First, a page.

Monthly Archives: August 2015
It was a full season – raising the TAWO building, supporting a number of interesting research projects both large and small, and sending out a bunch of material no longer needed on site. We had 26 LC-130 Herc flights this summer and now the Guard has returned to New York to prepare for the upcoming Antarctic season.
Now we have closed for winter and there are just six of us left on station: Manager, Mechanic, Heavy Equipment Operator, and three Science Techs (PFS, NOAA, and ICECAPS). We still have HF radio and a satellite internet connection (though still limited bandwidth so no youtube or skype videos). Our next contact with the outside world will be in mid-October when the next crew arrives on a Twin Otter from Akureyri, Iceland. They’ll care for the instruments and station from October through February.
In the meanwhile we have our work cut out for us to winterize the station. Pallets need to be moved to the berm, buildings need to be dragged out away from the main station to limit drifting, and vehicles need to be winterized and parked away from station as well – and everything needs to be flagged and mapped! The winter drifting is unimaginable – huge pallets and whole buildings can disappear beneath drifts of snow. Come spring there’s too much snow to shovel all by hand so heavy equipment is used, however it’s all too easy to destroy things when you’re not exactly sure where every buried item is! So we must flag everything, photograph everything, map everything and hope that any changes are recorded with as much detail as possible.
It’s almost eerily quiet with everyone gone – 19 people left on the last plane. With no cook we’ll each be taking turns cooking, and travel even on station is more tightly controlled. Everyone carries a radio. It won’t get fully dark until November, after we’re gone, but the sun is setting earlier and earlier: tonight it will set at 9:30pm and rise at 3:51am. A week from now it will set at 8:45pm and rise at 4:24am. There have been some beautiful sunsets so far!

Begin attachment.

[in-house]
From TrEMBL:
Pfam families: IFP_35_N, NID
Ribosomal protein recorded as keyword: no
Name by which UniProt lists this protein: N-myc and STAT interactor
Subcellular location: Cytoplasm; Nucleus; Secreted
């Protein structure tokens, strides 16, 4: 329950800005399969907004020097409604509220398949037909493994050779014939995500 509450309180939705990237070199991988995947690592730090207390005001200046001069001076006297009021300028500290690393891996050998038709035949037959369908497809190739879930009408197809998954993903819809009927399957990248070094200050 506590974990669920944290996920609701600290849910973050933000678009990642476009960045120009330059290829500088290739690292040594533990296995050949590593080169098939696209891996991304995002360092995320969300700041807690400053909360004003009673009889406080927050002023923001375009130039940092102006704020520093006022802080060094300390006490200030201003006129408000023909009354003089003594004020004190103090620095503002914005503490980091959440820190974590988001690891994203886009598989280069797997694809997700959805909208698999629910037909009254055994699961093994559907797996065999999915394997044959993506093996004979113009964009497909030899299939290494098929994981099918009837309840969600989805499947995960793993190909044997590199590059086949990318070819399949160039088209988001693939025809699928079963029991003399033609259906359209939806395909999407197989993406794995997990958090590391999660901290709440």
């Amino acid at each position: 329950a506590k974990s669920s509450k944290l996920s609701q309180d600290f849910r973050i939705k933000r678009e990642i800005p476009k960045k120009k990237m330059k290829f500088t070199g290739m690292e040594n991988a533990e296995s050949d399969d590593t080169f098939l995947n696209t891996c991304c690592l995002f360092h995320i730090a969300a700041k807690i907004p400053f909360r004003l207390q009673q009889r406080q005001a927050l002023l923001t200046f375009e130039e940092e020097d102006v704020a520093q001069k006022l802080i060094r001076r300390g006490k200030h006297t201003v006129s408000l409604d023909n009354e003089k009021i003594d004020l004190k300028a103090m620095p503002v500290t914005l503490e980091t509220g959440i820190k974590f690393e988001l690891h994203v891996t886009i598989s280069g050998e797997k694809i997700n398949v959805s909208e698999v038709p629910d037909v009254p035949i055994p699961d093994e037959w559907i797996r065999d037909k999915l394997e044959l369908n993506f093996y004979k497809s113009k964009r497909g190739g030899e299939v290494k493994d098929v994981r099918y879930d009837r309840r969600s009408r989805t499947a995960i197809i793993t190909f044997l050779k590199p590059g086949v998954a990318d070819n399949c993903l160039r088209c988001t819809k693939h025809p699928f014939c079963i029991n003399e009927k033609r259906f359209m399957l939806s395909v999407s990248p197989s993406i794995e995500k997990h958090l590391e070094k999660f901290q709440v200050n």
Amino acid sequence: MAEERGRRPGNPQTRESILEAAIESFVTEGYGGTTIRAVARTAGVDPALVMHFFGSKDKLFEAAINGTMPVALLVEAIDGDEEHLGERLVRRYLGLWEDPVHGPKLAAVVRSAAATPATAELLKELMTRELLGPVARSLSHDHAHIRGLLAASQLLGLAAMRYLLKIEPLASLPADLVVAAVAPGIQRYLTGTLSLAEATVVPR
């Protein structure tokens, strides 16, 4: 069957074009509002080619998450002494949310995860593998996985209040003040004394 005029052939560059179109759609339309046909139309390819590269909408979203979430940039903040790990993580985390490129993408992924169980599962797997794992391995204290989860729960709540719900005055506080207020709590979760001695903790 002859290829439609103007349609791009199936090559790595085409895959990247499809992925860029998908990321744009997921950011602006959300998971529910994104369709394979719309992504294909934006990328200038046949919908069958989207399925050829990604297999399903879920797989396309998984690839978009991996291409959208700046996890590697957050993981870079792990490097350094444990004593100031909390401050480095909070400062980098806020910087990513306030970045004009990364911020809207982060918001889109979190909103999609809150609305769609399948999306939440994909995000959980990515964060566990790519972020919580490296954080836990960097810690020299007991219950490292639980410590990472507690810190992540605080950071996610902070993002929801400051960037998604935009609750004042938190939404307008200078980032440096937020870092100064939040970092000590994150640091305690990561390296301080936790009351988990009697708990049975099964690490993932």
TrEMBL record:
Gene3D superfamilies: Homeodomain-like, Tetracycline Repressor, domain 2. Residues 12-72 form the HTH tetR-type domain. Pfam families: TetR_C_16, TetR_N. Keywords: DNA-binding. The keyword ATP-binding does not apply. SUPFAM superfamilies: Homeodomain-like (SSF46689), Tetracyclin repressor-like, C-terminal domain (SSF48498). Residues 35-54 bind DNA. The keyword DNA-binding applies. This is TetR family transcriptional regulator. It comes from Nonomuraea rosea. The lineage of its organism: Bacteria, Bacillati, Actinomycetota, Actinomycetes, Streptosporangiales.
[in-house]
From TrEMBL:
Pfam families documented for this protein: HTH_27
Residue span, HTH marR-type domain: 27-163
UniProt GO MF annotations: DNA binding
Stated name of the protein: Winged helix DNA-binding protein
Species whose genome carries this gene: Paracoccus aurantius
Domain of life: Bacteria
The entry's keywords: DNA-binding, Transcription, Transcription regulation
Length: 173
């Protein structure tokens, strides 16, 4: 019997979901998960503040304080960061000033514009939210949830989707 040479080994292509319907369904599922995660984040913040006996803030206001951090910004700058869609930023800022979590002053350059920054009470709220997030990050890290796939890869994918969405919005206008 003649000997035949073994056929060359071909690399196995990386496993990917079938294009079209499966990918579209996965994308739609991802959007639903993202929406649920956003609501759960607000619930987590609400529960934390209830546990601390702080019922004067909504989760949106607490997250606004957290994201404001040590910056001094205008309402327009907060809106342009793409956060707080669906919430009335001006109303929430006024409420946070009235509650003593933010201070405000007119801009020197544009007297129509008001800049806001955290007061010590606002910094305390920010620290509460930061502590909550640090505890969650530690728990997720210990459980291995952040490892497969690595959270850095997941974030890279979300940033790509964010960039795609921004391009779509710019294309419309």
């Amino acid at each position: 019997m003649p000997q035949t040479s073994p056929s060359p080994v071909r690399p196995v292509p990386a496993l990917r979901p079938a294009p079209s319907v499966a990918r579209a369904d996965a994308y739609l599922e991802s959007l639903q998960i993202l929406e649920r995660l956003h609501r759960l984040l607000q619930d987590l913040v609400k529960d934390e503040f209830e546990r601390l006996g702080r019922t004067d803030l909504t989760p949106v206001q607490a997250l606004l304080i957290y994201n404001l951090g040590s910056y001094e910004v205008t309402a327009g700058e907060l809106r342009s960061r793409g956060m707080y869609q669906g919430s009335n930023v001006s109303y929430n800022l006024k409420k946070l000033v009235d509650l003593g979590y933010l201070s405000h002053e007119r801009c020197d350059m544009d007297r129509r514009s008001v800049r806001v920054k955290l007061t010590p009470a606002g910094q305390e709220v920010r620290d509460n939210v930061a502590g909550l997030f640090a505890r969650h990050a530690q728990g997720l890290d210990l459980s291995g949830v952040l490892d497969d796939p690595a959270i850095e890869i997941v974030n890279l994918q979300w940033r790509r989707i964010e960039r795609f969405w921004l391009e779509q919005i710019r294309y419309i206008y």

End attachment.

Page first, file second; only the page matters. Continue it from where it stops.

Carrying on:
So thank you to everyone who participated this summer season!
At 72° 35’46″N 38° 25’19″W Summit is above the Arctic Circle. This means that for a few months each summer the sun never sets and the winters are long and dark. Unlike at the South Pole however, where there is only one sunrise and sunset each year (see my old post from Pole about sunsets here), Summit gets several months in the spring and fall with sunrises and sunsets. The last sunrise here was on May 6th, 2015 and last night, on August 6th, the long day ended. Though the sun technically set at 12:22am, rising again just 37minutes later at 12:59am, due to atmospheric distortions it didn’t visually appear to go below the horizon at all. Several people stayed up to watch, and the light was beautiful. It changes fast at these latitudes – tonight it will set at 11:54pm, rising again at 01:26am. This makes today unusual in that we have two sunsets on one day! One at 12:22am and another at 11:54pm….all a matter of arbitrary time zones (we’re on the same time as Kanger), but it’s kind of interesting nevertheless. It will continue setting earlier and rising later until November 14th when it will set for the last time, not to rise until January 28th! For more information about sun rise and set times and lengths of twilight check out this link: http://www.timeanddate.com/sun/greenland/summit-camp The North and South poles each have one sunrise and one sunset per year due to the tilt of the earth as it rotates around the sun. If the earth’s axis were perpendicular to its orbital plane the sun would appear to just skim the horizon year-round at the Poles and the rise and set times of the sun around the world would stay constant. It’s a beautiful confirmation of our planet and its position in space …
The US Naval Astronomical Observatory has a neat website that allows you to search for full sun and moon rise/set tables based on your city or lat/long. Check it out: http://aa.usno.navy.mil/data/docs/RS_OneYear.php 2015 Chart for Summit Station, Greenland: And finally…one of my favorite things ever: www.solarsystemscope.com/daylightmap Pull the scroll bar
at the top to the right to speed up time, to the left to reverse. We’re roughly in the middle of Greenland, so try fast forwarding to Nov 14 and compare that to Jun 21, our longest day, or to Aug 6, our first sunset. Enjoy!